Take responsibility for yourself.

This may be difficult for a sufferer in many situations, especially when you are unable to ask for things, express yourself and let alone talk. My Selective Mutism went undiagnosed for seventeen years which says it all really about taking responsibility for yourself. Although it took a few years, I had to bring myself to attention and it was the most difficult thing I have ever done in my life. When I told my teacher about my SM I was literally breathing out loud being so nervous, pulse vibrating within my ears, tears about to leak down my face … I still received no further help after that apart from a referral to the school counsellor. Naturally, talking therapy did not help with the Selective Mutism but it helped having somebody to see who cared, acknowledged me and never forced me to speak. We are the only people who can change our lives. If you ask for something, it is often statistically likely that you will get it. Not things like winning the lottery though unfortunately. And if you don’t ask, you will always wonder. The sad truth is that people do not care, rely fundamentally on nobody but yourself.

Do what makes you happy and not care what other people think.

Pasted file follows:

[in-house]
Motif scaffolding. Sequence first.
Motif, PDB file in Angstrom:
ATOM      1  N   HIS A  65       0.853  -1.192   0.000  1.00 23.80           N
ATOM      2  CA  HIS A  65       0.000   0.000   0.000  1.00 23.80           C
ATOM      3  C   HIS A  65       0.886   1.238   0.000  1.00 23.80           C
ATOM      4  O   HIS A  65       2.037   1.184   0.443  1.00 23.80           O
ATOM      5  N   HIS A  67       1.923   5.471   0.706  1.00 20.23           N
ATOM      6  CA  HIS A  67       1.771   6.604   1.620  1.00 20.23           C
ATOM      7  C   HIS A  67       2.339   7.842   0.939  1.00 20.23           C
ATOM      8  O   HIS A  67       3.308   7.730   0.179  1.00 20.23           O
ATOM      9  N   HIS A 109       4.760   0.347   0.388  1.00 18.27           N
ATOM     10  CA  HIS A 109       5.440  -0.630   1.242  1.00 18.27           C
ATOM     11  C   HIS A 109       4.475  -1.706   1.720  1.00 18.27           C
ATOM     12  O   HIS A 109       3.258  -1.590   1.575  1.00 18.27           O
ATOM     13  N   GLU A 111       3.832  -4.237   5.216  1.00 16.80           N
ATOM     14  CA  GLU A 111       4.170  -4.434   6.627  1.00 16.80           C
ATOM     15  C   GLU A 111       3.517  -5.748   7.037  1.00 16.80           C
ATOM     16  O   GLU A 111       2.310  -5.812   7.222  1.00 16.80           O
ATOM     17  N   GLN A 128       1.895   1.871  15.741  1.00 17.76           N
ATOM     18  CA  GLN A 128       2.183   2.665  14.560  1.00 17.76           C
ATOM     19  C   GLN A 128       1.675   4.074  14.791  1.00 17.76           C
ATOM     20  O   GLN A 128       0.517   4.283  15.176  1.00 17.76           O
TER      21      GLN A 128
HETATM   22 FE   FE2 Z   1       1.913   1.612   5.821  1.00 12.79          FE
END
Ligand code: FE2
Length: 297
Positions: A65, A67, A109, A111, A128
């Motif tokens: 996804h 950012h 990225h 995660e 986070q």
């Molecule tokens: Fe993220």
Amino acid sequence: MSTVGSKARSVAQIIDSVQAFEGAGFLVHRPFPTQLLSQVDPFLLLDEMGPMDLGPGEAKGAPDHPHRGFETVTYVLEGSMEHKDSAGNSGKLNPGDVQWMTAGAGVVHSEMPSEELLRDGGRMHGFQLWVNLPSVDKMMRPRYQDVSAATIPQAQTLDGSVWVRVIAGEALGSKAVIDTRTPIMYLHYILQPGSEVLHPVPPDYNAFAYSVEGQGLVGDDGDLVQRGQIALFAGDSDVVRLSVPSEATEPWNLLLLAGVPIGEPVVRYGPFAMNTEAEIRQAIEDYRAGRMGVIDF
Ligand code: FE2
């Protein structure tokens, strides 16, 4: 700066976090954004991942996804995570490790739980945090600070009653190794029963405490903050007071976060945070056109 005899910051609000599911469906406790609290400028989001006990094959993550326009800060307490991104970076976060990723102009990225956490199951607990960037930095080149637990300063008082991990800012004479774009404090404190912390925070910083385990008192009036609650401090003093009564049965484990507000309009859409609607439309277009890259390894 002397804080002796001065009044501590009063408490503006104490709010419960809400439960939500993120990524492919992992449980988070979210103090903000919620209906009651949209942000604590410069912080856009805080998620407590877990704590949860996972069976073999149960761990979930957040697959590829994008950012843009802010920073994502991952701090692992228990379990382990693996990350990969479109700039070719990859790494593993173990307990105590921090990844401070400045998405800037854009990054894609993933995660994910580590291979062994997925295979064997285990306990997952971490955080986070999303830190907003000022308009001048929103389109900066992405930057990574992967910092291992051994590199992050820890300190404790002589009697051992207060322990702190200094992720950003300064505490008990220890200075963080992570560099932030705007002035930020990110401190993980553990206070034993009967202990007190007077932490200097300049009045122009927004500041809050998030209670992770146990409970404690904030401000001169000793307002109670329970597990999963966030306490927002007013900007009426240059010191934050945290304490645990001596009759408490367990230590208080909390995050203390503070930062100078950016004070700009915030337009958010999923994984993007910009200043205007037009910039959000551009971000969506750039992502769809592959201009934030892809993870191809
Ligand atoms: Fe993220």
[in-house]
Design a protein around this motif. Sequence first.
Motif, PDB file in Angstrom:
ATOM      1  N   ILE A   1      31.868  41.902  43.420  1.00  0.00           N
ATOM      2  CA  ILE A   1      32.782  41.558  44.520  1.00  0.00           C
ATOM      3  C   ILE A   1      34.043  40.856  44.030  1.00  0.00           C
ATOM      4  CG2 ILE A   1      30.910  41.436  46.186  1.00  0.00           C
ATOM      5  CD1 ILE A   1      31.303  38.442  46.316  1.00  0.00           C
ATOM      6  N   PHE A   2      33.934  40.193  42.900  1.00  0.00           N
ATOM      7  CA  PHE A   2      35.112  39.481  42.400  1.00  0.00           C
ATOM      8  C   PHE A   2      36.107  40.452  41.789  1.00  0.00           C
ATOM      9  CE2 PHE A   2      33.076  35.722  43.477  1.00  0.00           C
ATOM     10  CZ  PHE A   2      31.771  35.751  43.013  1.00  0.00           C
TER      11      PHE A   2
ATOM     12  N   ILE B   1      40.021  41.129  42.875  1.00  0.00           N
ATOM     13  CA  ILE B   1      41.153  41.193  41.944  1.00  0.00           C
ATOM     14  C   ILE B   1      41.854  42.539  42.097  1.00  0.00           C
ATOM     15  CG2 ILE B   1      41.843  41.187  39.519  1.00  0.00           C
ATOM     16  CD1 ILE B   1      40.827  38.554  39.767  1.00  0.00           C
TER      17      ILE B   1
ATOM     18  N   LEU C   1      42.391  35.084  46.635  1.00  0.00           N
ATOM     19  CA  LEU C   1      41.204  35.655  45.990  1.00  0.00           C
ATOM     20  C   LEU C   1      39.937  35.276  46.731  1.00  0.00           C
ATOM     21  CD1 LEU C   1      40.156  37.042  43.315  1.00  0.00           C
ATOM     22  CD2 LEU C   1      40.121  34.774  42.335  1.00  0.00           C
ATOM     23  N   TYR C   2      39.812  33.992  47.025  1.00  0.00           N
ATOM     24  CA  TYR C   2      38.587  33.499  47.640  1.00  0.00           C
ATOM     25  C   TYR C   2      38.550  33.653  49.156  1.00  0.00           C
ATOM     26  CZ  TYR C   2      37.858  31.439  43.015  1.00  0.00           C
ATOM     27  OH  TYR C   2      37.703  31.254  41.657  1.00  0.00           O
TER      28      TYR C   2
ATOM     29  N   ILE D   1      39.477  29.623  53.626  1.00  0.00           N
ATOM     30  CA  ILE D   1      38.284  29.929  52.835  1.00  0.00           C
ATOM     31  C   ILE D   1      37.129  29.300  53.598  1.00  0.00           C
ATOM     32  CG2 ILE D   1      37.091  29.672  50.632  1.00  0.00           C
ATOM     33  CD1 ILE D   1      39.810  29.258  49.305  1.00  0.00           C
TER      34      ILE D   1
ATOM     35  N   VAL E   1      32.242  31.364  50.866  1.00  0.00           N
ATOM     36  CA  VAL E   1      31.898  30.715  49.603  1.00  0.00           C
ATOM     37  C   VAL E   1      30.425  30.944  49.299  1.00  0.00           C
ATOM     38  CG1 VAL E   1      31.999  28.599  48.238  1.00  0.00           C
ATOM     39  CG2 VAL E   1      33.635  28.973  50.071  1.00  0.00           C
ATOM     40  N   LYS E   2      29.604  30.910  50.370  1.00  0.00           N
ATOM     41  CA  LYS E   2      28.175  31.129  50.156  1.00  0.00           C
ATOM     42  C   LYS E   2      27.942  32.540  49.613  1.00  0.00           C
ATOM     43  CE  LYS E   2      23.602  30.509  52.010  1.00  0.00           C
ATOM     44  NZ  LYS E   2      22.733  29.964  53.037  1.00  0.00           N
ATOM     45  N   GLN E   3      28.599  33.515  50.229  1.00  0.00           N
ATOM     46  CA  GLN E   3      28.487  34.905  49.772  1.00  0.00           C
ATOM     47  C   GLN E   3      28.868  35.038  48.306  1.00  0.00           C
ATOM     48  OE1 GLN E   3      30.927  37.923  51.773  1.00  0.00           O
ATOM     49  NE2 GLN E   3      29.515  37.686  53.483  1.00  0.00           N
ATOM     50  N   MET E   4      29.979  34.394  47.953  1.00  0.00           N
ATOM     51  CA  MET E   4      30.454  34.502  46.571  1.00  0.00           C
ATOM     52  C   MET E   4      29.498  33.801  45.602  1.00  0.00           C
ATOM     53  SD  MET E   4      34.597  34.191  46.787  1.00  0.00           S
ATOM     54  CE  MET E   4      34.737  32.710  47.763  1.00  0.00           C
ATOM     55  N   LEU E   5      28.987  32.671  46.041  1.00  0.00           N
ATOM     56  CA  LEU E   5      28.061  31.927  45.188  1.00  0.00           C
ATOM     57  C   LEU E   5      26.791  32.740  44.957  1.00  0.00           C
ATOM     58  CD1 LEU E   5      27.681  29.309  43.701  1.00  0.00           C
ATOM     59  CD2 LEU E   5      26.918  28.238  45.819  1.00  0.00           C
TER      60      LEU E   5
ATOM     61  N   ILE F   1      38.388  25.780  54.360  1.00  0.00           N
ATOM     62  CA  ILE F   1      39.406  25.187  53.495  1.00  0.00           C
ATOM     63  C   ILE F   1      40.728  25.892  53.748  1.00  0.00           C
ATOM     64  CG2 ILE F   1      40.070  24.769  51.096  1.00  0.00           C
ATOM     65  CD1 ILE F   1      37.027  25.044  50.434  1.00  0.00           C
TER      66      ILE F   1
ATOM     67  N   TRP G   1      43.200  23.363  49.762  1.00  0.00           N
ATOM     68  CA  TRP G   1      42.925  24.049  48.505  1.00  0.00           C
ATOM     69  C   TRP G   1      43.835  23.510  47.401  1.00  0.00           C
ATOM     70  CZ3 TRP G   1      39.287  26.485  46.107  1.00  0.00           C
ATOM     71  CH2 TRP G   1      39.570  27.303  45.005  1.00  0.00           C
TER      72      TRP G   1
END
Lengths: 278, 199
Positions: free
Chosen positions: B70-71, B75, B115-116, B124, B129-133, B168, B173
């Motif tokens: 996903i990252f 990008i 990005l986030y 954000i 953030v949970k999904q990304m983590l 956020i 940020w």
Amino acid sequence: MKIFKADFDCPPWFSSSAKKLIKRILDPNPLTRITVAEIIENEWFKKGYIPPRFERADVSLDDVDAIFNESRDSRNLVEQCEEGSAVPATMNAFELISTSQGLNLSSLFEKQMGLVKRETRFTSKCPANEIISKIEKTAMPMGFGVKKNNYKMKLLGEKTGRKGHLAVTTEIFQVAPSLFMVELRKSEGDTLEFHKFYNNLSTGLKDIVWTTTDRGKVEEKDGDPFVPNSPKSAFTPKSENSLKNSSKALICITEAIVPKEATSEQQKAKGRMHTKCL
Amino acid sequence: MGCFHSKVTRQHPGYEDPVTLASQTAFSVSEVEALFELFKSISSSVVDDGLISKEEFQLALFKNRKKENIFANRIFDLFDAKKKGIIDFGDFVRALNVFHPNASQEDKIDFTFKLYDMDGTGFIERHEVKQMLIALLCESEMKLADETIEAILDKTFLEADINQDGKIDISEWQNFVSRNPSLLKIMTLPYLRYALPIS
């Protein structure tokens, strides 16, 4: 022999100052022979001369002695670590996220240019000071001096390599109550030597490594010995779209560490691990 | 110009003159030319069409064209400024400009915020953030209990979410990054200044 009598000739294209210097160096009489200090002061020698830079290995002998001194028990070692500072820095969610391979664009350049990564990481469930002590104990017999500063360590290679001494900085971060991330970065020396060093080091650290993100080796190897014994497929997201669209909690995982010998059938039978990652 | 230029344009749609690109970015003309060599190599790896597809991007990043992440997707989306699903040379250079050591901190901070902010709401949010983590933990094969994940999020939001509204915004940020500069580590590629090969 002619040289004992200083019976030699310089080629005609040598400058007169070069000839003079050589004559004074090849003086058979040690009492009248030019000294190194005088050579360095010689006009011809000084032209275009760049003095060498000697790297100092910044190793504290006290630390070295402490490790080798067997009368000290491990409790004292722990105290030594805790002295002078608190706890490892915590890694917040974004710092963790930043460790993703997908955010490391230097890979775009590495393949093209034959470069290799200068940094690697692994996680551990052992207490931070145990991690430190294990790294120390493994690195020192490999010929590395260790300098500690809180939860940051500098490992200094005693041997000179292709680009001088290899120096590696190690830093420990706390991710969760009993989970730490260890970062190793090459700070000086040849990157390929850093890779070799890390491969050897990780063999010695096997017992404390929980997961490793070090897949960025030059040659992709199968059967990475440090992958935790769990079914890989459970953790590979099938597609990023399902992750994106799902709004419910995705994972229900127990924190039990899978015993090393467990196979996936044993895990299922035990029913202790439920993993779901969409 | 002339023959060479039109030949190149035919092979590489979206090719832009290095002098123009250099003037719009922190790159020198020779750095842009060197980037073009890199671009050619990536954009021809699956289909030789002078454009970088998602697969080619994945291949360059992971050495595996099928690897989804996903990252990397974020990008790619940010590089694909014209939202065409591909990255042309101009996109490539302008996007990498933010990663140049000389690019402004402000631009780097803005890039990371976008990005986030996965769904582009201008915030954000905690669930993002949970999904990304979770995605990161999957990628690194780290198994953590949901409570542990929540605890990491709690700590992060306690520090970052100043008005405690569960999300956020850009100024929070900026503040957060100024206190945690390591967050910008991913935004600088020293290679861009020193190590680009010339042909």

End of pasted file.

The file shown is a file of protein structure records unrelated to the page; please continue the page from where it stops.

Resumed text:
Sometimes it was difficult to evade unhappiness having Selective Mutism and having other anxiety disorders but that did not stop me from doing what I loved when I could. Having Social Phobia, I had a mindset where I worried profusely about what people thought of me and was terrified of looking different from everybody else or out of place but it didn’t always stop me. I was the only girl who played football in my area and people, even some friends, used to laugh about it and even tell me that I shouldn’t and that I couldn’t join in. Football was an escape from the SM, an outlet, especially for speech and made me feel simply ‘free’. Different people tell me all the time that me and my boyfriend should not be together because he is much older than myself, even family are harsh and not accepting but I do not care because it makes me very happy. As Social Phobia sufferers which statistically 90% of all sufferers are said to be, they care hugely about what people think of them and do not want people to know that they are afraid, more than anything else. Sufferers actively avoid activities in which they would usually enjoy because of fears of being criticised, rejected or humiliated. I grew up avoiding some things for this reason and the older I got, the less I really cared about what people thought of me. It does sound to silly, to try to forget what people think of you and to do what you want to do. But for a sufferer, the fear is incredibly crippling and thought-consuming. People do not really care as much as you think, you are just merely a tiny drop in the bucket when putting everything into perspective.  I have always believed that Social Phobia (characterised by the fear of speaking too) is pretty much exactly the same thing as SM. When children speak for the very first time at school or in their most anxiety provoking environment, thereafter, they will only speak when asked a question but remain reluctant to ask questions. I feel this is an important point to stress.